The fall portion of the 2020-2021 The Trouble Begins Lecture Series presented by the Center for Mark Twain Studies continues with “Viral Twain: The Reprinting of Mark Twain in Nineteenth-Century Newspapers.” presented by Avery Blankenship of Northeastern University.
Through the use of the Wright American Fiction archive of nearly 3,000 American novels and story collections published 1851-1875 and existing reprint detection methods developed by the Viral Texts project, identifying the trajectory of novels published within this time frame has become possible. Often, the circulation and spread of fiction through the newspaper occurred in the form of brief excerpts – sometimes without authorial attributions or titles. Twain also made use of the ambiguous nature of newspaper circulation. For example, in A Book for an Hour (1873), Twain borrows the popular sketch “Persuading a Hen” from “The Danbury News,” but this same text also appears in James Bailey’s Life in Danbury as “Driving a Hen,” and was published in at least one other book in 1873. Broadly considering examples such as this, this lecture will wrestle with the pieces in particular of Twain’s that were circulated in the newspaper and, how their uptake in the newspaper might recontextualize Twain’s popularity in relationship to other successful newspaper fiction writers.
EDITOR’S NOTE: One of the texts discussed in this lecture, A Book For An Hour (1873), though it was published under Twain’s name, was actually compiled by Benjamin Such. Twain had approved the use of one of his sketches for Such’s anthology, but Such took far greater liberty than the ascendent celebrity author had actually granted. Sam Clemens won a case against Such in the New York Supreme Court and thereafter denied authorship of several pieces published in the associated collection and elsewhere. As Blankenship points out in her talk, attribution for these reprinted works is complicated. The Such case is a relatively obscure piece of Twain trivia, discussed most extensively by editors from the Mark Twain Project in their notes on Twain’s letters from the period.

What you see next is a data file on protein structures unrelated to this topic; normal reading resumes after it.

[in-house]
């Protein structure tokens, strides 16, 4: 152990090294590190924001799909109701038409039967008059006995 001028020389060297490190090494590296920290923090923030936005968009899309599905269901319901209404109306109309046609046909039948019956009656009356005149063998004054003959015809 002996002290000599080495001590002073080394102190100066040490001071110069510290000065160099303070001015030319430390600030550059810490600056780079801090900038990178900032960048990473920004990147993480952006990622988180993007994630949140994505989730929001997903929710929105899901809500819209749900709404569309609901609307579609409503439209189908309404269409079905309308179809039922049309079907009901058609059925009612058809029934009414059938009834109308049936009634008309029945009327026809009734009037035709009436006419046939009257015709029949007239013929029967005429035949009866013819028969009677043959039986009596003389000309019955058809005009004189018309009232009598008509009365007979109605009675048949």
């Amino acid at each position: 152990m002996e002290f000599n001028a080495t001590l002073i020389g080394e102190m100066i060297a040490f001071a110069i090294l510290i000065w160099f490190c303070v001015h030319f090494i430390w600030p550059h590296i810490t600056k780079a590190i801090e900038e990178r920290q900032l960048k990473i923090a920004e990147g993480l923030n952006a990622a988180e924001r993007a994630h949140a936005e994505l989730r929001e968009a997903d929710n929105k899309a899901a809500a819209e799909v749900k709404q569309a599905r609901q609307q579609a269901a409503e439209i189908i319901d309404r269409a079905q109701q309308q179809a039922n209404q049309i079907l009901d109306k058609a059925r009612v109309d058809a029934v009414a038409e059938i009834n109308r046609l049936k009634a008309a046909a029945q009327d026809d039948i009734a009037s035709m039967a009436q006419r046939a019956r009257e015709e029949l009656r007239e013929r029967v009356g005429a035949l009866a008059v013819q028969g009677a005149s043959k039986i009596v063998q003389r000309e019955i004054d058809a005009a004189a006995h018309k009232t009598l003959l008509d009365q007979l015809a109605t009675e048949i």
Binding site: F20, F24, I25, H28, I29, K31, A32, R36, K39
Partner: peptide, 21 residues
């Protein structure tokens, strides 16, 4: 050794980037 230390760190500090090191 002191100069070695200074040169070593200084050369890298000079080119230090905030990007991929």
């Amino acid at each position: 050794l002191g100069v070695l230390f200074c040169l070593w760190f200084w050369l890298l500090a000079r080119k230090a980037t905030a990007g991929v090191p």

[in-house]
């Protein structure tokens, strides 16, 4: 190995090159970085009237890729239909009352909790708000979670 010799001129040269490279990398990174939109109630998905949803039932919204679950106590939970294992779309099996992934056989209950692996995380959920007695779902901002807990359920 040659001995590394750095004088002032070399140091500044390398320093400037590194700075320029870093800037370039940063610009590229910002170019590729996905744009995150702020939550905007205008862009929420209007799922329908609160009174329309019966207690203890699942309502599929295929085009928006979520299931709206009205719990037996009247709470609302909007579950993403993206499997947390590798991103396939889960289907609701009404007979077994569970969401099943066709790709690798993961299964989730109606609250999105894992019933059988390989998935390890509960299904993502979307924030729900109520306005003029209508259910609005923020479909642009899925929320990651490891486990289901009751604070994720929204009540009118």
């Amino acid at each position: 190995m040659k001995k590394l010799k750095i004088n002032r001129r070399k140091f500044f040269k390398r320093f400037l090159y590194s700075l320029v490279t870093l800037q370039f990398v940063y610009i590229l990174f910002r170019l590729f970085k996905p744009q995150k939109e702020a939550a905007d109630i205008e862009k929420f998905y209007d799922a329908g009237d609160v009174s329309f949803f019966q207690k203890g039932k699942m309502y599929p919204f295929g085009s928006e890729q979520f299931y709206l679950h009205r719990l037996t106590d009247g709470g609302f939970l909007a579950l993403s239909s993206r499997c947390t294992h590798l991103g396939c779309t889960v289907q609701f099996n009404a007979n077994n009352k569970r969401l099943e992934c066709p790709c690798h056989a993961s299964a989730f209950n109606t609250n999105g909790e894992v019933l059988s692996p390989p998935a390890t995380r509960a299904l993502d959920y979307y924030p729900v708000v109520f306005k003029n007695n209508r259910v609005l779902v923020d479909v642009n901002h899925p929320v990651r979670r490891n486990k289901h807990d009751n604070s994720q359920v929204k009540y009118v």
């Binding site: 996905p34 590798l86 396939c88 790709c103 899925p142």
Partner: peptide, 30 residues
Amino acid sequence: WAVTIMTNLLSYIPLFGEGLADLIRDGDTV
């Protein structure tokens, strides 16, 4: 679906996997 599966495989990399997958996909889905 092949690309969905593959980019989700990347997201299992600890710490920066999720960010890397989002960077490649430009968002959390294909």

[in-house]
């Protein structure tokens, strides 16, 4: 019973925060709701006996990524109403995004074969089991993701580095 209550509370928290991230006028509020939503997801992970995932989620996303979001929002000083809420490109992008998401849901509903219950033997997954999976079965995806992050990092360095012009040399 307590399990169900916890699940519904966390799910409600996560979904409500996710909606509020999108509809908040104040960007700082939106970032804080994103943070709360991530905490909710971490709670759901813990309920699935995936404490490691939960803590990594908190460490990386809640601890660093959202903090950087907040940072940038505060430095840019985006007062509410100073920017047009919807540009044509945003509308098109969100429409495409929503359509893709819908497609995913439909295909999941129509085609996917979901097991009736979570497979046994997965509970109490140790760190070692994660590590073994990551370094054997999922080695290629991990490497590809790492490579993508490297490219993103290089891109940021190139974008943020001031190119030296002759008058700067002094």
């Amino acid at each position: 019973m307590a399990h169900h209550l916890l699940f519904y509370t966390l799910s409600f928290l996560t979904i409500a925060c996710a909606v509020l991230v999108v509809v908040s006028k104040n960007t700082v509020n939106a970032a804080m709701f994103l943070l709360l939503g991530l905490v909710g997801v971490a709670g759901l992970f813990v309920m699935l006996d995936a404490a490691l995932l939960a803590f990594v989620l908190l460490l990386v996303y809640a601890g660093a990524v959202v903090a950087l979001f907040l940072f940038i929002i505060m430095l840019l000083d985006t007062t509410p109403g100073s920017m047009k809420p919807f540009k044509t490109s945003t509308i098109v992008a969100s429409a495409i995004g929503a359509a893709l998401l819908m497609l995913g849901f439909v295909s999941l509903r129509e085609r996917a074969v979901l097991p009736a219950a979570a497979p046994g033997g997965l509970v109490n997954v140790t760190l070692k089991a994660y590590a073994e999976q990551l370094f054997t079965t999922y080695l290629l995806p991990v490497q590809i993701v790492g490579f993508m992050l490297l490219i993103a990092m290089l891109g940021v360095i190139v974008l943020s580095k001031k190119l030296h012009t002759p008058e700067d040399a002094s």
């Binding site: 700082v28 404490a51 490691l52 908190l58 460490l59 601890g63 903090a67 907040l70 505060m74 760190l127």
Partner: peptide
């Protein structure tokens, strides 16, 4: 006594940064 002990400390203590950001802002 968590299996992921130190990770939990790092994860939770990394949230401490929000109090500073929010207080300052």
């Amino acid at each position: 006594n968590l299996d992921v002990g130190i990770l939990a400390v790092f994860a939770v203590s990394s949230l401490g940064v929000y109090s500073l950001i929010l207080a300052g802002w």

Blankenship is a PhD student in the English Department at Northeastern University. Her research interests include nineteenth-century print culture, digital humanities, and nineteenth-century cookbooks and domestic manuals. She is a current research assistant for the Viral Texts project and more of her work, as well as the work of the larger project, can be read about at either https://viraltexts.org/ or at https://manifold.umn.edu/projects/going-the-rounds where some chapters of the team’s forthcoming book-project, Going the Rounds, are available for review.
About The Trouble Begins Lecture Series – In 1984, the Elmira College Center for Mark Twain Studies initiated a lecture series, The Trouble Begins at Eight lecture series. The title came from the handbill advertising Mark Twain’s October 2, 1866 lecture presented at Maguire’s Academy of Music in San Francisco. The first lectures were presented in 1985. By invitation, Mark Twain scholars present lectures in the fall and spring of each year, in the Barn at Quarry Farm or at Peterson Chapel in Cowles Hall on Elmira College’s campus. All lectures are free and open to the public.